FY2020 DoD Budget

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marauder2048

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Unread post23 Apr 2019, 07:33

weasel1962 wrote:The F-135 is a much hotter engine with a lower bypass ratio no matter how somebody tries to spin it. A lot of other cr*p doesn't change that fact.


You can't summarily reject other techniques just because you aren't conversant with them.

weasel1962 wrote:F-15 today hasn't benefited at all? Same engines today as 1970? lol.


Even the F-15SE wasn't claiming any meaningful infrared signature reduction.

weasel1962 wrote:The fact is that the USAF and USN still has 2000 of these legacy big hot targets in service. All doomed based on IR according to junior LM marketeer wannabe.


Hence the investment in standoff weapons for those platforms. As events over Yemen have shown,
there's plenty of ersatz IR SAMs and FLIR out there that are real threats to aircraft that don't posses
meaningful IR signature reduction.
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weasel1962

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Unread post23 Apr 2019, 08:05

marauder2048 wrote:You can't summarily reject other techniques just because you aren't conversant with them.


Not really. I'm just doing what you are doing. Ignoring the rest except in your case, you're ignoring the most plain & obvious thing.

marauder2048 wrote:Even the F-15SE wasn't claiming any meaningful infrared signature reduction.


Not sure why would the F-15 want to do so when its engines are already significantly less hot. Its like saying the A-10 should claim no 1 for IR signature because of its turbofan engines. Everyone already knows that as a fact except maybe the magic plane rah rah band. On the rest of the plane, why can't legacies use low-E paint?

Of course the F-35 needs brilliant thermal IR signature management. Its running the hottest engine out there. If they didn't do anything, the plane would be more of a lighthouse than it already is.
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weasel1962

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Unread post23 Apr 2019, 08:18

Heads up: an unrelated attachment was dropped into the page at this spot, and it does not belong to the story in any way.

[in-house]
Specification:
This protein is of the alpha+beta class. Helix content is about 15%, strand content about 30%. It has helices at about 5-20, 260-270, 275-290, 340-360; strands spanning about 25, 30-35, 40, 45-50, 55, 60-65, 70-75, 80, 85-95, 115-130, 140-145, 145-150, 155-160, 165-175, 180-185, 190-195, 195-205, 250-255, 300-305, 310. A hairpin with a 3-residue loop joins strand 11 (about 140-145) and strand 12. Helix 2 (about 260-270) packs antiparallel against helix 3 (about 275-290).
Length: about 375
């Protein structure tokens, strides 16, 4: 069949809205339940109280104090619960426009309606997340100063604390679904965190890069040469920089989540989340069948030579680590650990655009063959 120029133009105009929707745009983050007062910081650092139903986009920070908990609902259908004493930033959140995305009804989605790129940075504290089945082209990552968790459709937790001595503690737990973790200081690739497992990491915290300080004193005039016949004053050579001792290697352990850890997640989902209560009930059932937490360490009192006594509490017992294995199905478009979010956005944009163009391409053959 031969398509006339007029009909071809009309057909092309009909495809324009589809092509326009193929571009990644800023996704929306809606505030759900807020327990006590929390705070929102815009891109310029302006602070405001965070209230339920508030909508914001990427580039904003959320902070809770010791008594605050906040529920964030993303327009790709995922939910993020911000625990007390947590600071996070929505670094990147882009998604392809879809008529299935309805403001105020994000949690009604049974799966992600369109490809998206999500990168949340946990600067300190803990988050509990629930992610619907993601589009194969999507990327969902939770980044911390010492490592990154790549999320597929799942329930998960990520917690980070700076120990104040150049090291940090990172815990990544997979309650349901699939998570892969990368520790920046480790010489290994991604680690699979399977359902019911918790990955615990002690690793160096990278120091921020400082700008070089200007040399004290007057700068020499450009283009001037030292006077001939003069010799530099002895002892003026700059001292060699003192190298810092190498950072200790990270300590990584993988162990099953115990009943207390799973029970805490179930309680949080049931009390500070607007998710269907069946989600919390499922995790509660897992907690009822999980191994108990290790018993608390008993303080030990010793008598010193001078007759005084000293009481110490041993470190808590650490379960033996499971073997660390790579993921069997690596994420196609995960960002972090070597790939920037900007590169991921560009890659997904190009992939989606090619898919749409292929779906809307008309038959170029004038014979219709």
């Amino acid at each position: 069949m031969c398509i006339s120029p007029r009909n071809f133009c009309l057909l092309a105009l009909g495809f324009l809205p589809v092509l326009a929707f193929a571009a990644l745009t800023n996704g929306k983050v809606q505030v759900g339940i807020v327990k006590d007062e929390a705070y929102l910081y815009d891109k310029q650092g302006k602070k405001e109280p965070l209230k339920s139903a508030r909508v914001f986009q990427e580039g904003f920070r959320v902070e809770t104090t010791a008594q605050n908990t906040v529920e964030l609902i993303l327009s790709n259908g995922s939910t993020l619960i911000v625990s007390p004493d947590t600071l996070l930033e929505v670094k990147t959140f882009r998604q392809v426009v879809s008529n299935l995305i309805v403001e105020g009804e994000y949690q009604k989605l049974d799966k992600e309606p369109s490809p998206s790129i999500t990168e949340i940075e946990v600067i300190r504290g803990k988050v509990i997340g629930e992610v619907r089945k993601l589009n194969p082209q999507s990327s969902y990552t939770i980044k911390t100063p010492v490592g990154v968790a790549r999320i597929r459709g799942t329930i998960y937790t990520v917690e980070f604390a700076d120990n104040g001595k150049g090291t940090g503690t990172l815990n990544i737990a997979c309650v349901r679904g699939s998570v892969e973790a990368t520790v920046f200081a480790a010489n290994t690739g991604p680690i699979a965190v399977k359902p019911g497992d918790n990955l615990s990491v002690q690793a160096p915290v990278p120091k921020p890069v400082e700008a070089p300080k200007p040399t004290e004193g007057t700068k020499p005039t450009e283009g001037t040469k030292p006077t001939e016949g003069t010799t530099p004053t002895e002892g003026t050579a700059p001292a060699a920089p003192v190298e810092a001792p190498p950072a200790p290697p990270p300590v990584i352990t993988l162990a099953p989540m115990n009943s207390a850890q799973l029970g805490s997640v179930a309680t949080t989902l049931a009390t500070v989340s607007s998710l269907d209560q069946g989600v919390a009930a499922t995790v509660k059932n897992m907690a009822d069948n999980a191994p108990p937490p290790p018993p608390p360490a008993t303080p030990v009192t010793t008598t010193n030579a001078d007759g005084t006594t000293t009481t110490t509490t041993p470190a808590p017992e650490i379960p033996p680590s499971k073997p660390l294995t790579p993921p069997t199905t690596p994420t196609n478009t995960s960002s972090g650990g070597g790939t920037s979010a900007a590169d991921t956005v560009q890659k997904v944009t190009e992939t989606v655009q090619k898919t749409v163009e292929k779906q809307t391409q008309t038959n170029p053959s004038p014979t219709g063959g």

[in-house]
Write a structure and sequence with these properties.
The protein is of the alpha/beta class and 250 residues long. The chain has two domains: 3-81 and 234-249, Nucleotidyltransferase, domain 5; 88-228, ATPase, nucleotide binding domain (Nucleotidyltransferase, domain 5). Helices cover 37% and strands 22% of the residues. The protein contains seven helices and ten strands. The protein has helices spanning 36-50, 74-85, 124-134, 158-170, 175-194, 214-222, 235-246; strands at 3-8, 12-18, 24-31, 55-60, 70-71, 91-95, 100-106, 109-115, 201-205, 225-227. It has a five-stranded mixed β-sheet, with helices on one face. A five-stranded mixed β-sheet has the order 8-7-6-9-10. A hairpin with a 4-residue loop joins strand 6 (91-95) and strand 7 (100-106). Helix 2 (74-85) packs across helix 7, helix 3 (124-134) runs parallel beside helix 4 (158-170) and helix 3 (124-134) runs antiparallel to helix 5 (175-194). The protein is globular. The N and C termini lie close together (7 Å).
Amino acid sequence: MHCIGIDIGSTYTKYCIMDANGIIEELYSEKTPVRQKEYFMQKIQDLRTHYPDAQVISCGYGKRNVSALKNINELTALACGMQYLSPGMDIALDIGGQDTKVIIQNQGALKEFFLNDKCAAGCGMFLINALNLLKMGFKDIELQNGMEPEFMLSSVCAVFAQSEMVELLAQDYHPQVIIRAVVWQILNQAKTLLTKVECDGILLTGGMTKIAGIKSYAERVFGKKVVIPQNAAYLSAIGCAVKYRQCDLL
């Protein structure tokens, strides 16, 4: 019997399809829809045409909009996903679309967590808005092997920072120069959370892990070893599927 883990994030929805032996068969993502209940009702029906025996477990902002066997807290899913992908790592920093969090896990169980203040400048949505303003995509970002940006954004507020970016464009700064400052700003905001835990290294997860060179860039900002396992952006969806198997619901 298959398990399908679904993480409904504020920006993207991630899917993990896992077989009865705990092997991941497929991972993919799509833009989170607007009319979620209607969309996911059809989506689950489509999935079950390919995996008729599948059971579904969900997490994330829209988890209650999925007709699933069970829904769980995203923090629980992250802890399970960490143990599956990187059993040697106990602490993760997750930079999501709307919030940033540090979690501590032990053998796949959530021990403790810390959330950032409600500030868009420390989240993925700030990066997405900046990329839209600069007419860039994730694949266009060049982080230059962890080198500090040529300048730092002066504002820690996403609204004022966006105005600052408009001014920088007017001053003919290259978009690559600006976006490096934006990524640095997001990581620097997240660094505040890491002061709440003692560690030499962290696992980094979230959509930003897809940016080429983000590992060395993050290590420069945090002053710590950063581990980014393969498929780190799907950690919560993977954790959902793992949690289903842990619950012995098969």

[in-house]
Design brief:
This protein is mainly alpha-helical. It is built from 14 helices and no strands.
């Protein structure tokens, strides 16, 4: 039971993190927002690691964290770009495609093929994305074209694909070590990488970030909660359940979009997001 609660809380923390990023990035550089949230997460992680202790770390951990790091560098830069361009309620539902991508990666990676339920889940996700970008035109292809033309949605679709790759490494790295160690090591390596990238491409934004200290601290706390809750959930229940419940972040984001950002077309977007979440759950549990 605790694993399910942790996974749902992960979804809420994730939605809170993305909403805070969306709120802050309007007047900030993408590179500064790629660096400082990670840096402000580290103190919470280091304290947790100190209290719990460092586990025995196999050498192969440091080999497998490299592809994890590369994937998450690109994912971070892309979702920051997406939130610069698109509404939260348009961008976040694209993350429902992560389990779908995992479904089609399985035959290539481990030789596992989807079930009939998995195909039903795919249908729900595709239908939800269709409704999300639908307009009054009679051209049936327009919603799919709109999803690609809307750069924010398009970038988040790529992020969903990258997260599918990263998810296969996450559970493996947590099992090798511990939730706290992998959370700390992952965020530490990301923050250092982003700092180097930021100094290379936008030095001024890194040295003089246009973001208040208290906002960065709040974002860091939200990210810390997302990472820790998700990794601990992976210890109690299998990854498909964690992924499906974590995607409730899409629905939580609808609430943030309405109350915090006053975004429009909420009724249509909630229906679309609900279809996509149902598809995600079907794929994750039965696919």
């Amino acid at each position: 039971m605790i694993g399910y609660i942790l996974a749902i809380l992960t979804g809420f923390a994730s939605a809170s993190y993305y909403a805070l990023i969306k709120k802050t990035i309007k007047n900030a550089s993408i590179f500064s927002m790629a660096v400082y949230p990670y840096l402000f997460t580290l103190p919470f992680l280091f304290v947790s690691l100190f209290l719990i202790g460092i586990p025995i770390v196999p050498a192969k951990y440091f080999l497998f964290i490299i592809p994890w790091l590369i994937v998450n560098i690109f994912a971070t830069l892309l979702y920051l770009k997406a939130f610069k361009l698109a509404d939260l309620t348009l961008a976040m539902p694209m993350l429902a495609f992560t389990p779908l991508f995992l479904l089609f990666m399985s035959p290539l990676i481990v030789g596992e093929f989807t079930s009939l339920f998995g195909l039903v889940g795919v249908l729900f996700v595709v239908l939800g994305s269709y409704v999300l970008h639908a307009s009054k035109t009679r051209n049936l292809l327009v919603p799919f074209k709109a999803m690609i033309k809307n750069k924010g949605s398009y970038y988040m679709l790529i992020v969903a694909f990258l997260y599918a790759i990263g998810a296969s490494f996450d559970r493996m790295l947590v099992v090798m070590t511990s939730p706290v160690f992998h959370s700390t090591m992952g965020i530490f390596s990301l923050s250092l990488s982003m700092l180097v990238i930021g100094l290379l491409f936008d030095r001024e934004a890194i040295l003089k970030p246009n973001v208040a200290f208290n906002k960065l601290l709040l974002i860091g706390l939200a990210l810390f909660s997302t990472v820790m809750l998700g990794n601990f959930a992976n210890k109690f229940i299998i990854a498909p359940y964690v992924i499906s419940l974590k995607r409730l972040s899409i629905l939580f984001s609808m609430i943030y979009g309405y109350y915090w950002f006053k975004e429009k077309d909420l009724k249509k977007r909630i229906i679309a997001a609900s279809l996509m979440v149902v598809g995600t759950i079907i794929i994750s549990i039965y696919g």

What should be 101 since 1985.
https://apps.dtic.mil/dtic/tr/fulltext/u2/a620840.pdf

Except for molecular emissions of the exhaust plume and emissions from hot metal parts related to the engine, radiation emitted and scattered by the airframe is the dominant part of the aircraft IR signature. The magnitudes of the airframe components are largely governed by the emissive-reflective properties of the surface coatings, i.e., paints.


Example.
https://www.dst.defence.gov.au/sites/de ... _Hires.pdf

Of course an F-15 has a higher niratam rating than a magic plane. But not clear why the niratam rating for an F-15 would be higher than an F-35....

P.s. waiting for someone to say because it has 2 plumes.
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spazsinbad

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Unread post23 Apr 2019, 08:23

I'm jumping in late not having read all the previous 'hot engine' IR posts (because this is the F2020 DoD Budget thread) to point to this thread with probably good info especially from you guessed it 'hornetfinn', 'TEG' & other good contributors:

Infrared Signature of the F135 engine? http://www.f-16.net/forum/viewtopic.php?f=56&t=28509
RAN FAA A4G Skyhawk 1970s: https://www.faaaa.asn.au/spazsinbad-a4g/ AND https://www.youtube.com/channel/UCwqC_s6gcCVvG7NOge3qfAQ/
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marauder2048

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Unread post23 Apr 2019, 08:56

weasel1962 wrote:Not really. I'm just doing what you are doing. Ignoring the rest except in your case, you're ignoring the most plain & obvious thing.


Because it's been the focus of signature reduction efforts datings back to at least the SR-71 since
that's the only infrared signature that the detectors of the period leading up to the late-70's could see.

All-aspect has been the focus for the last 30 years. Because that's where the threats are.


weasel1962 wrote:Not sure why would the F-15 want to do so when its engines are already significantly less hot.


Which is why both GE and P&W offered LOAN as a backfit to the F110s.

The reason you haven't seen a concerted effort to reduce the exhaust signature is that
the rest of the aircraft would still be awful. It's a function of projected area and a
lack of a plausible cooling scheme for surfaces.


marauder2048 wrote:Its like saying the A-10 should claim no 1 for IR signature because of its turbofan engines.


That was in fact the claim that high-bypass turbofans would reduce IR signature for the A-10.


marauder2048 wrote:On the rest of the plane, why can't legacies use low-E paint?


Why can't legacies use active cooling of surfaces?

marauder2048 wrote:Of course the F-35 needs brilliant thermal IR signature management


Because it's trying to survive in a high-end threat environment
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wrightwing